Immune checkpoint inhibitors (ICPIs) enhance treatment response while minimizing toxicities for patients with cancer. However, education is key to managing the therapies’ unique adverse events (AEs). During a session for the ONS 46th Annual Congress™, Marianne Davies, DNP, ACNP, FAAN, of the Yale Comprehensive Cancer Center, Smilow Cancer Hospital at Yale New Haven Hospital, and the Yale University School of Nursing, and Laura S. Wood, RN, MSN, OCN®, of Cleveland Clinic Cancer Center, provided oncology nurses with a foundation for evaluating and grading AEs in immuno-oncology.
Unleashing the Immune System With Immune Checkpoints
Davies described how ICPIs enable the body to fight cancer. “Immune checkpoints unleash the body's immune system, allowing it to naturally attack cancer cells,” she said. “This is different than standard cytotoxic chemotherapy.”
As a result, the therapies offer new treatment options for patients with many different malignancies. “Combinating chemotherapy or targeted agents with ICPIs provide opportunity to enhance response to treatment with minimal overlap of dose limiting toxicities,” Davies said.
ICPI combinations include:
- Two checkpoint inhibitors: ipilimumab plus nivolumab
- Checkpoint inhibitor plus chemotherapy: pembrolizumab, atezolizumab, and durvalumab
- Checkpoint inhibitor plus targeted therapy: pembrolizumab plus axitinib, pembrolizumab plus lenvatinib, avelumab plus axitinib, and atezolizumab plus bevacizumab
The approach is best suited for patients with bulky disease, rapidly progressing cancer, or prior response to therapy.
Nursing Considerations for ICPIs
Patient education should include how the immune system works, potential immune-related AEs (irAEs), timing of onset, signs and symptoms to report, and treatment expectations, Davies said. Because the agents’ effect on reproductive function is not known, patients of reproductive age should use effective birth control during treatment and avoid breastfeeding for at least five months after the final dose.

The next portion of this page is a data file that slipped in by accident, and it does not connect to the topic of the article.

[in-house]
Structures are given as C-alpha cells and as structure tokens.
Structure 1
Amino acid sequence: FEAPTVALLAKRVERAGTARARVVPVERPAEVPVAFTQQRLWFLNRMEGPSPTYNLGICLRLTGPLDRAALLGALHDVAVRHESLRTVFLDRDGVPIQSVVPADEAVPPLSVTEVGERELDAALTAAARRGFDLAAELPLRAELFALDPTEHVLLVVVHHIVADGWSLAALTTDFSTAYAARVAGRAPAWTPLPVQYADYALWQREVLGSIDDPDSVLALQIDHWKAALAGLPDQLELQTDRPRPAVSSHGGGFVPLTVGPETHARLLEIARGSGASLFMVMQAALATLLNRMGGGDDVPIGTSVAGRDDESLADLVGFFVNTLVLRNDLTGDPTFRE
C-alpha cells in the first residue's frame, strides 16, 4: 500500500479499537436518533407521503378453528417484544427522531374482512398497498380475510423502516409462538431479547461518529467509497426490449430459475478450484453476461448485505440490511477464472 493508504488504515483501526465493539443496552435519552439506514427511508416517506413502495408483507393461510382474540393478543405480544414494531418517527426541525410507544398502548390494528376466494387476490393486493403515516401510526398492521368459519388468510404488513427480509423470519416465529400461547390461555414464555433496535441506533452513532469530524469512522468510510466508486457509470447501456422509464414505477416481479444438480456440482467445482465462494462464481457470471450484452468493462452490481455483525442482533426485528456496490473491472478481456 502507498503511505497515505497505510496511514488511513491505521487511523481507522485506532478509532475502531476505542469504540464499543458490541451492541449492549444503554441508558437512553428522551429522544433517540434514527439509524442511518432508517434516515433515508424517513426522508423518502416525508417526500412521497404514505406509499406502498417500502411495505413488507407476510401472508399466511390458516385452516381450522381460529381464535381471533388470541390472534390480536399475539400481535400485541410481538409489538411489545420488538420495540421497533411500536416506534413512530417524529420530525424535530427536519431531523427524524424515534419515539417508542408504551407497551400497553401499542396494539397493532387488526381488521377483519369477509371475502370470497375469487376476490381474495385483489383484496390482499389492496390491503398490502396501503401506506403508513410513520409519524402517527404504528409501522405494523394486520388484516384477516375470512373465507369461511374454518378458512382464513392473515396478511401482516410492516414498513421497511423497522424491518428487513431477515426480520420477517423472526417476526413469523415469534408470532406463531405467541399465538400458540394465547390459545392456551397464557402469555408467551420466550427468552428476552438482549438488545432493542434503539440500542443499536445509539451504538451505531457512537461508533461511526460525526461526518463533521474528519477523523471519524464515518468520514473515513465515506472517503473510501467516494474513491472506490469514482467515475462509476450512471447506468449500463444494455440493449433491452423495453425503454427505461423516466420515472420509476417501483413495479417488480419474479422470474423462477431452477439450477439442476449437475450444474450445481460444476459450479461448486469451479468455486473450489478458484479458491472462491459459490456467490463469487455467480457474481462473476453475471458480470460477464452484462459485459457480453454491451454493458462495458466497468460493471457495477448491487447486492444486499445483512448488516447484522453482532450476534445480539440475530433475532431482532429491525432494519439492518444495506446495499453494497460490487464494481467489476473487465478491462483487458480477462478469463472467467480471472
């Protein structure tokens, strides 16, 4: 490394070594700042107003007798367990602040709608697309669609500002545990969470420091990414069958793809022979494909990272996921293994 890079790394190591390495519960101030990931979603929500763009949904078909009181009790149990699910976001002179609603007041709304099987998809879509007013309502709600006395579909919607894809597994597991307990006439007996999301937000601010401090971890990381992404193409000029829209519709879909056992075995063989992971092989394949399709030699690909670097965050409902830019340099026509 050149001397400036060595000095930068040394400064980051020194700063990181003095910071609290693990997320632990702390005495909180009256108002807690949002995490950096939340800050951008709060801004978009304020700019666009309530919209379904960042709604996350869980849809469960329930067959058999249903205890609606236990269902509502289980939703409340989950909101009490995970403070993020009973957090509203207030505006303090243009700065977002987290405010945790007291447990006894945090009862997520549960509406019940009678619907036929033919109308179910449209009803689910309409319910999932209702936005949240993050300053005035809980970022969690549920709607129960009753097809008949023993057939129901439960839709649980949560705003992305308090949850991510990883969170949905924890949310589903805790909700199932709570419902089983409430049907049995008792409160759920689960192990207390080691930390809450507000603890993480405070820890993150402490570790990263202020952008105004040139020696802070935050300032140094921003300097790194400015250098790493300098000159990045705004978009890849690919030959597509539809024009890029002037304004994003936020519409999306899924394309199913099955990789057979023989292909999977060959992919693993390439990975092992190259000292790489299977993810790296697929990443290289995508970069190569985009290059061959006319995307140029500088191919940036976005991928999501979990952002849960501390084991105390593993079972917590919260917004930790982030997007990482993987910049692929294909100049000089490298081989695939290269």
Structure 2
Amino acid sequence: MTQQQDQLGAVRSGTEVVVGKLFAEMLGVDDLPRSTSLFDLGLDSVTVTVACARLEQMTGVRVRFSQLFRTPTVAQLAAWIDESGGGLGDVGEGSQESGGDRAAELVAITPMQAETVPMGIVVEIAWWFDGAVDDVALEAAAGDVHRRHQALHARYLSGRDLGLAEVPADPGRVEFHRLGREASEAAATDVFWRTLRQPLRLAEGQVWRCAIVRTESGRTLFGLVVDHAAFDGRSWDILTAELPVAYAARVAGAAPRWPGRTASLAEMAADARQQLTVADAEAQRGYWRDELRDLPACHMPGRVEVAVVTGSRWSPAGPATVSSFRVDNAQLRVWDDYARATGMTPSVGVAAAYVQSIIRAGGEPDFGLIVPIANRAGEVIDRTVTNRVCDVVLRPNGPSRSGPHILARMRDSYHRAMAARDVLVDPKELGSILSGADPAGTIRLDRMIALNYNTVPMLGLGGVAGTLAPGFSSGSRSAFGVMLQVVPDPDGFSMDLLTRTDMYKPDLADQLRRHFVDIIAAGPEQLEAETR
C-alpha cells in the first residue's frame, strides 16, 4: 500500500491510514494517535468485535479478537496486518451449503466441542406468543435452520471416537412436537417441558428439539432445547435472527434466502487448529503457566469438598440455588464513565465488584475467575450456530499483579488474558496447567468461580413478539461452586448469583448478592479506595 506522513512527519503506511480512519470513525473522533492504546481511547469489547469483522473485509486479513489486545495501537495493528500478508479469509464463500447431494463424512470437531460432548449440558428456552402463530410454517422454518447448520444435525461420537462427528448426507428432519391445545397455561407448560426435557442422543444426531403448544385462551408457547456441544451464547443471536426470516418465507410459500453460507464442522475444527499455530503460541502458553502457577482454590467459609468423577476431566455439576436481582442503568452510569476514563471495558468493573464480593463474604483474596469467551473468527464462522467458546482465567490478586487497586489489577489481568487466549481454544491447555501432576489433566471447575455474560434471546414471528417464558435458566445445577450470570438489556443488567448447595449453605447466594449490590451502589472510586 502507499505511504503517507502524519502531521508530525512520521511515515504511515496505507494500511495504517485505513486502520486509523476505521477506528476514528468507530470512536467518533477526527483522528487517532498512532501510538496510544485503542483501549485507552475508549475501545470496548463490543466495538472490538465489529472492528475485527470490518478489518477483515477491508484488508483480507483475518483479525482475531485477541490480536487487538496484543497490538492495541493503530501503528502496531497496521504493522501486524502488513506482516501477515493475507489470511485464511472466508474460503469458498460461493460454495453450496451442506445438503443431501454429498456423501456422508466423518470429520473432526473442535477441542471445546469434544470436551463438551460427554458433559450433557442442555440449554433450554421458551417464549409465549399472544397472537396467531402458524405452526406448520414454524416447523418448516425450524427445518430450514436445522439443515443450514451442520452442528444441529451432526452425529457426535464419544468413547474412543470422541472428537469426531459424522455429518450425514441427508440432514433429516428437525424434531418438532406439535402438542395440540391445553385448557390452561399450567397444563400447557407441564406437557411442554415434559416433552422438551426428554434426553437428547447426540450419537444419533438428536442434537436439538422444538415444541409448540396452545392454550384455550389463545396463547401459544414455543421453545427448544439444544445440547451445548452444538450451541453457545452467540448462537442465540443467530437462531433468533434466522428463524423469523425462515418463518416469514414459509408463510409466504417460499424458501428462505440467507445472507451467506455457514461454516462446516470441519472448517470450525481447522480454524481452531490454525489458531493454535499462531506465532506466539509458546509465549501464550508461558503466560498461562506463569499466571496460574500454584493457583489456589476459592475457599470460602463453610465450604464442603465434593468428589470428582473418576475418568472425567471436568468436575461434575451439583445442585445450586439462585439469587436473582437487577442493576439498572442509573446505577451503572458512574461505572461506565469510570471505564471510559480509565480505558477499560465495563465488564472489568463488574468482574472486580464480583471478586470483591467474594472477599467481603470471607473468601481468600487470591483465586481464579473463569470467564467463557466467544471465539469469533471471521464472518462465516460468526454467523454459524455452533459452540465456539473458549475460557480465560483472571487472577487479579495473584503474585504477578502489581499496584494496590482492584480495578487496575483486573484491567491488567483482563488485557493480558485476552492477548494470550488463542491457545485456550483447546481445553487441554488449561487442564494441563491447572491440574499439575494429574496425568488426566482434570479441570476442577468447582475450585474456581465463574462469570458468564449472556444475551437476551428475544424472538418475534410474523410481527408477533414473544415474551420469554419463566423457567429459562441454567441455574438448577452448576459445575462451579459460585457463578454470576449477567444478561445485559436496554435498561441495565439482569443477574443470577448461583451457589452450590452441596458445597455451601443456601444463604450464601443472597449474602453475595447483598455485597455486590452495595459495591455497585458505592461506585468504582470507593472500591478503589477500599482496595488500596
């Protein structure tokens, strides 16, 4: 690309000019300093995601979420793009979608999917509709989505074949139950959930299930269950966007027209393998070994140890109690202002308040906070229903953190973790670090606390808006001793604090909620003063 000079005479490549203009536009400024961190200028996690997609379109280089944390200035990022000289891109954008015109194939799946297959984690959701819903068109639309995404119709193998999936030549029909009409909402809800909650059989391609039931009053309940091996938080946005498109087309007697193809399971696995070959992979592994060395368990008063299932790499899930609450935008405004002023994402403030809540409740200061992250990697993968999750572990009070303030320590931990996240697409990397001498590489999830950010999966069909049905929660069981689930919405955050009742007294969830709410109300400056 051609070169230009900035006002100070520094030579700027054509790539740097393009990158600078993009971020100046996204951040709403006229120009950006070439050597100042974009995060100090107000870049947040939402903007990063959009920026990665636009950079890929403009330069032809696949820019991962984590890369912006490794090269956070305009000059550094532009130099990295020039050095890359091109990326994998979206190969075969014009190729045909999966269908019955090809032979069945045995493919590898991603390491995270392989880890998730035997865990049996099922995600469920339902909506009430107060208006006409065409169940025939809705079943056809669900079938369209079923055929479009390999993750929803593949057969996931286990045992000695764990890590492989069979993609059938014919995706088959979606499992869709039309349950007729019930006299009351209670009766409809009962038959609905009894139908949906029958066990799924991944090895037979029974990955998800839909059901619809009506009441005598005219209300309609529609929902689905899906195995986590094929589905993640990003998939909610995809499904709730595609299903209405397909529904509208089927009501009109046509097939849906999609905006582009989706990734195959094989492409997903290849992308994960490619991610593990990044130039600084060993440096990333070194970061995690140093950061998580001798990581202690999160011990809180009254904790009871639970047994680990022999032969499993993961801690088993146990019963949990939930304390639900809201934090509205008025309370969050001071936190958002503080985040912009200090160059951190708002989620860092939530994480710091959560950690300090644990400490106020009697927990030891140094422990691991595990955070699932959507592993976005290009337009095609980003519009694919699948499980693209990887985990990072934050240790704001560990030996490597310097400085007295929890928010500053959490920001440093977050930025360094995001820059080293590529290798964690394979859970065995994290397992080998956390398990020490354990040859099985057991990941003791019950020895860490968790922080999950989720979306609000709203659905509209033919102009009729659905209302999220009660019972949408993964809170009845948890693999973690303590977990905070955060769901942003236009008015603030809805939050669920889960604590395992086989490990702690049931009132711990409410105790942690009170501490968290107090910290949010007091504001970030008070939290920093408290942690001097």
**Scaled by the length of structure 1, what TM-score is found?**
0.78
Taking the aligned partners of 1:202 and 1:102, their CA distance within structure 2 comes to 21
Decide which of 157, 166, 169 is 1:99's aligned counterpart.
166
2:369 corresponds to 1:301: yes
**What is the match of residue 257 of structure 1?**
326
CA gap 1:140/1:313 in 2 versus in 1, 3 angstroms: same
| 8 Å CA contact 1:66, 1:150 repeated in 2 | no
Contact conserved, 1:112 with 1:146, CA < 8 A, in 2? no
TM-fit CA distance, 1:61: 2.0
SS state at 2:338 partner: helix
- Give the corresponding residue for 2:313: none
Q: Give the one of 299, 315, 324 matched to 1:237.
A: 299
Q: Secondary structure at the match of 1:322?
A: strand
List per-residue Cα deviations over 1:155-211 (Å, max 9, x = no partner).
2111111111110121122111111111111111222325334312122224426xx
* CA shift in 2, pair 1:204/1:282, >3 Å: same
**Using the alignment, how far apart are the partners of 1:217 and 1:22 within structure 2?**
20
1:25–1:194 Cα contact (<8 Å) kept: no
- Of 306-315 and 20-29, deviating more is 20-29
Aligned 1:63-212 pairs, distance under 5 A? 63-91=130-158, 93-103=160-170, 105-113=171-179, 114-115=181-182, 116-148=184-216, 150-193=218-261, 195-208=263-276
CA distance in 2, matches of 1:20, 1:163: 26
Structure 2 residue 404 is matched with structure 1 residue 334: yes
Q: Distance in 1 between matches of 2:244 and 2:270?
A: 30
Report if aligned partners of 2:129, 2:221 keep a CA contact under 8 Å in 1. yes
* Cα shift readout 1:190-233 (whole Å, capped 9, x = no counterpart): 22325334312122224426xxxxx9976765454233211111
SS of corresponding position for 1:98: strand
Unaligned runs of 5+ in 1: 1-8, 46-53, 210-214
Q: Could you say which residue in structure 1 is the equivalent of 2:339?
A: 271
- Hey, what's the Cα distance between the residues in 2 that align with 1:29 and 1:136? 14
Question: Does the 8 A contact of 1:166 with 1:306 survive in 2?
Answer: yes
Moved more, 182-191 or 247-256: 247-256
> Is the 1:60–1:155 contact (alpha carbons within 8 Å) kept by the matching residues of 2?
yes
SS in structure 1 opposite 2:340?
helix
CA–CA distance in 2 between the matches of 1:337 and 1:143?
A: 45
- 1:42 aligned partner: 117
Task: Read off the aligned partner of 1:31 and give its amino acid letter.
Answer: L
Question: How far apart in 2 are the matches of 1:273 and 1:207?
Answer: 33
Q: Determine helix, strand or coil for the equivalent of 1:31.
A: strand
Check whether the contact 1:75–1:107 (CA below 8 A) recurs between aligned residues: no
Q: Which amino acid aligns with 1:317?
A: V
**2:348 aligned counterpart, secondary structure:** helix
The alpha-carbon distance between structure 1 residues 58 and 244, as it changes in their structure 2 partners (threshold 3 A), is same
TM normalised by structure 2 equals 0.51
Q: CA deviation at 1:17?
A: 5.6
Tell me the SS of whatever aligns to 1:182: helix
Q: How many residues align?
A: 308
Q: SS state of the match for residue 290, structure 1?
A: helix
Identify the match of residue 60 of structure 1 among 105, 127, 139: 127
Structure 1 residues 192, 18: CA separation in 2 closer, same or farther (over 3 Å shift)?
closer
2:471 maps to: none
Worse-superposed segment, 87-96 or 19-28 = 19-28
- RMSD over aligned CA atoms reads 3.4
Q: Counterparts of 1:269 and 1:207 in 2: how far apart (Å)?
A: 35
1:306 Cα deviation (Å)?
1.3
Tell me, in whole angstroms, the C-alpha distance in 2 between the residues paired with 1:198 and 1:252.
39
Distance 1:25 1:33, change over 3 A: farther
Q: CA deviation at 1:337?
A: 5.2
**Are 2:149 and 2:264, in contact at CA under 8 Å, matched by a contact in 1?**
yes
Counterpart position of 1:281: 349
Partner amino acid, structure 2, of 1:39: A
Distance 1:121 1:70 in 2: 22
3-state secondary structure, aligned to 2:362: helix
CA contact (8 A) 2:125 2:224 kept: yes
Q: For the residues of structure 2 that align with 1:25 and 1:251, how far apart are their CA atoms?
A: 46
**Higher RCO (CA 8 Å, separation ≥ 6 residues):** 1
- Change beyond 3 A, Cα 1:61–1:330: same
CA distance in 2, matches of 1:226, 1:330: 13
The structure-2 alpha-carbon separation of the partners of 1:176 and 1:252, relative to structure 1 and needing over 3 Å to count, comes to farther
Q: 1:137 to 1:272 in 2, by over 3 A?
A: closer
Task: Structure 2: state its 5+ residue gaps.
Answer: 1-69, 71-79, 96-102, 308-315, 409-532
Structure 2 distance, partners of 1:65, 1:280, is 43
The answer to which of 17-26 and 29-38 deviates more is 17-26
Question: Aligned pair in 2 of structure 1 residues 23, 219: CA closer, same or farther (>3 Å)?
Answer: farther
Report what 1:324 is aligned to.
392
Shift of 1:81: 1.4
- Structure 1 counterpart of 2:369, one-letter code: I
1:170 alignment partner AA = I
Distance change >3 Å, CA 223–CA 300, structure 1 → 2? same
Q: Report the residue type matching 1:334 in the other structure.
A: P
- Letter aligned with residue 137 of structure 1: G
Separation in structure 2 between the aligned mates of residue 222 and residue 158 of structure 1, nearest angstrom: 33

Preparing both staff and patients for telephone triage communication is essential because identifying irAEs early may minimize their severity and keep patients on treatment. Provide tools to distinguish patients who can be treated at home from those who require hospitalization. Considerations for telephone triage include:
- Patients’ ability to report symptoms or follow instructions
- Level of urgency
- Language barriers, cognitive deficits, alcohol and drug use, and comorbidities
- Distance from clinic and access to transportation
- Available support and resources for following guidelines
Assessing and Grading irAEs
Because ICPIs mobilize the immune system, Davies cautioned that some of the targets may share similarities to normal healthy cells. “The signs and symptoms will mimic autoimmune inflammation of those cells,” Davies said.
“Nurses are usually at the front line of patient care either in the clinic or through telephone triage to assess patients’ symptoms and qualify changes in the patients’ status,” she added. The most common irAEs include fatigue, pruritis, rash, nausea, anorexia, pyrexia, and infusion reactions. Onset may vary from immediately after the first dose to months or years after the last dose.
“The Common Terminology Criteria for Adverse Events (CTCAE) provides nurses with a standardized language for assessing side effects during patient interactions and reporting irAEs to other providers,” Wood said. “The CTCAE criteria defines the severity (grade) of irAEs, which is then used to determine appropriate testing and interventions.”
Finally, an interprofessional approach is crucial for effective patient care. “Because irAEs can affect any organ, oncology providers may need the assistance of other subspecialists in the evaluation and management of the toxicity to assure safe management. Nurses are key to the navigation and coordination of these additional services,” Davies said.